• Sanding with 100-grit sandpaper followed by a second and even third sanding with 200-grit sandpaper is recommended. After this, the next step is to give the wood a really good clean with a slightly damp cloth to remove all the loose material and sawdust that the sanding has created.
  • Applying the wood conditioner is simple because it’s a thin, watery liquid. Apply a thin coat evenly, using a soft cloth or a brush. Ensure that you go with the grain to have uniform coverage and that the wood conditioner has filled all the pores in the wood. Then, after a few minutes to let the conditioner soak in, wipe any excess off the surface.
  • Allowing the wood conditioner to dry correctly is essential, so follow the manufacturer’s instructions on the container. Timing varies depending on the type of conditioner, and it’s as easy to leave it too long as it is not to let it dry sufficiently. Typically, the period for the conditioner to dry is between fifteen minutes and two hours. If you leave it longer than that, the conditioner may become less effective, and you may even get a worse result than not using one at all.
  • After applying the wood conditioner, re-sanding the surface with fine 320-grit sandpaper is recommended, particularly with a water-based wood conditioner. It will have caused the pores to open and the surface to become slightly rough. This final sanding will allow the stain, when you apply it, to soak more evenly into the surface you are treating.

By allowing the wood to absorb the stain more efficiently, the application of wood conditioner will result in a slightly lighter color once you have applied the first coat of the stain.

If you prefer a darker stain, you will need to apply further coats until you are satisfied with the color. A light sanding between coats will result in a perfect finish.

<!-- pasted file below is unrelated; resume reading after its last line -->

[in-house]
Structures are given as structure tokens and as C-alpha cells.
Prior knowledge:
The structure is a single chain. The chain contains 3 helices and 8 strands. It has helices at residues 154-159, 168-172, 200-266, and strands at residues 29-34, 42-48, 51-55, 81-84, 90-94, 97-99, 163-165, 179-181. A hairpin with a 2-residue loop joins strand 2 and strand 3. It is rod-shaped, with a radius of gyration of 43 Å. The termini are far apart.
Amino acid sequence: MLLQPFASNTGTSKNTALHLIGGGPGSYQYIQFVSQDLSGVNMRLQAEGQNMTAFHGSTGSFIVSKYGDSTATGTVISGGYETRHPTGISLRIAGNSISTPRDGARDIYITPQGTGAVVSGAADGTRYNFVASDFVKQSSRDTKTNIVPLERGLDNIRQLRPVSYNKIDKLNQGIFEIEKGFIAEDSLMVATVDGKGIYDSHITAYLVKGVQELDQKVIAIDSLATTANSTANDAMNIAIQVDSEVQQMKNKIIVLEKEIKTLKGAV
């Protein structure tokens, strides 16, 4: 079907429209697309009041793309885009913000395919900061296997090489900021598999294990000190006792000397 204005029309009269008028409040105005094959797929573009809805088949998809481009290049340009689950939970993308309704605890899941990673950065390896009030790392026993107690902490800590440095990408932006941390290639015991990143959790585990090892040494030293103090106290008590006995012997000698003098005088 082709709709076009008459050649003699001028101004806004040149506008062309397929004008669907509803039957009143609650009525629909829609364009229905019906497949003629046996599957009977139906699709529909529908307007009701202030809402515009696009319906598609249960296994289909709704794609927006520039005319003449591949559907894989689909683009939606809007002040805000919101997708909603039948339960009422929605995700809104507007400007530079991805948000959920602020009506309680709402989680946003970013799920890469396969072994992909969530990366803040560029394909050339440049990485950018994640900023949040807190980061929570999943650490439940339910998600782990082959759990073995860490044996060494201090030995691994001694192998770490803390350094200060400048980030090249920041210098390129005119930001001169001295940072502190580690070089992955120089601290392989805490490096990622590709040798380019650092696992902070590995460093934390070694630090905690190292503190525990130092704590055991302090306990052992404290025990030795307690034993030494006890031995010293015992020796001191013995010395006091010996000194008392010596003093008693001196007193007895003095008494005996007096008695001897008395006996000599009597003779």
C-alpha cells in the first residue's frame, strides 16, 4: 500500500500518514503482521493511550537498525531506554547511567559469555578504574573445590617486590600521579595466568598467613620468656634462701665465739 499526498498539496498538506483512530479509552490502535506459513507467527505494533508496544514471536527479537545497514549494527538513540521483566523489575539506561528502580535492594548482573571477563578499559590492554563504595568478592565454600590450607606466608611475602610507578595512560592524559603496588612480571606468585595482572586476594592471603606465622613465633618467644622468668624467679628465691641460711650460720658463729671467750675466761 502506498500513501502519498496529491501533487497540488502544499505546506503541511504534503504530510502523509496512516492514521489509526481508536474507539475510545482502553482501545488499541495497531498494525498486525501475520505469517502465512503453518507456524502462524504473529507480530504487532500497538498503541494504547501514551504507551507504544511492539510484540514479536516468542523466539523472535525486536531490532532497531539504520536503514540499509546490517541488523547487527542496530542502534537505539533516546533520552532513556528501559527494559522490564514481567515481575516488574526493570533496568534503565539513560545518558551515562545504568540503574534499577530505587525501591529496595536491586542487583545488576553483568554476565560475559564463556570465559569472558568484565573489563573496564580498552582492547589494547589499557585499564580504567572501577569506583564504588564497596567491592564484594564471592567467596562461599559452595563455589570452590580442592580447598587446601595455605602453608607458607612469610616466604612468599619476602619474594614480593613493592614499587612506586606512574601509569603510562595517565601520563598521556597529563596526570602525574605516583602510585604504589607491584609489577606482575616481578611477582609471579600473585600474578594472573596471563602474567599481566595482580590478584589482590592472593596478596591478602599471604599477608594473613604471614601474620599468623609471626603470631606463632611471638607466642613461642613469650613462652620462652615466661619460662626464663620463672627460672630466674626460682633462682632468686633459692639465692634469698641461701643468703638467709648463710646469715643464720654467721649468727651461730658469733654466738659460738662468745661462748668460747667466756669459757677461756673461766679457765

Results From Not Using Wood Conditioner Before Staining

Because wood is a natural product, unlike a factory-produced one, it has imperfections and blemishes, making each piece unique.

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Some sections of the wood are more porous, and there are differences in density, knots, cracks in the surface, and other flaws.

If the wood is not correctly conditioned, these irregularities will result in a blotchy, uneven stain absorption.

Softwoods, such as pine, cedar, spruce, and certain hardwoods like maple, are porous.

As a result, both types of wood will get that blotchy, unprofessional stain if they are not treated beforehand with a suitable wood conditioner.

Here is a fantastic video that shows you the difference between using a wood conditioner and not using it.

YouTube player

Benefits Of Using A Pre-Stain Wood Conditioner

Staining a piece of wood can turn a mundane, dull object into a unique and beautiful item, whether it’s a hardwood floor,  door frame, or decorative piece.

However, that’s only true if the stain has depth and uniformity and shows off the grain and beauty of the wood to its fullest extent.

That’s only possible if the wood is conditioned before staining.

Another benefit of using an oil-based conditioner is that it helps preserve the wood, preventing it from drying or rotting for longer than untreated timber.

However, it is still essential that wood used in outdoor areas, such as wooden decking and garden furniture, be protected by a more effective coating such as wood sealer or varnish.

Drawbacks Of Using A Pre-Stain Wood Conditioner

There are no significant disadvantages to using a pre-stain conditioner before staining wood.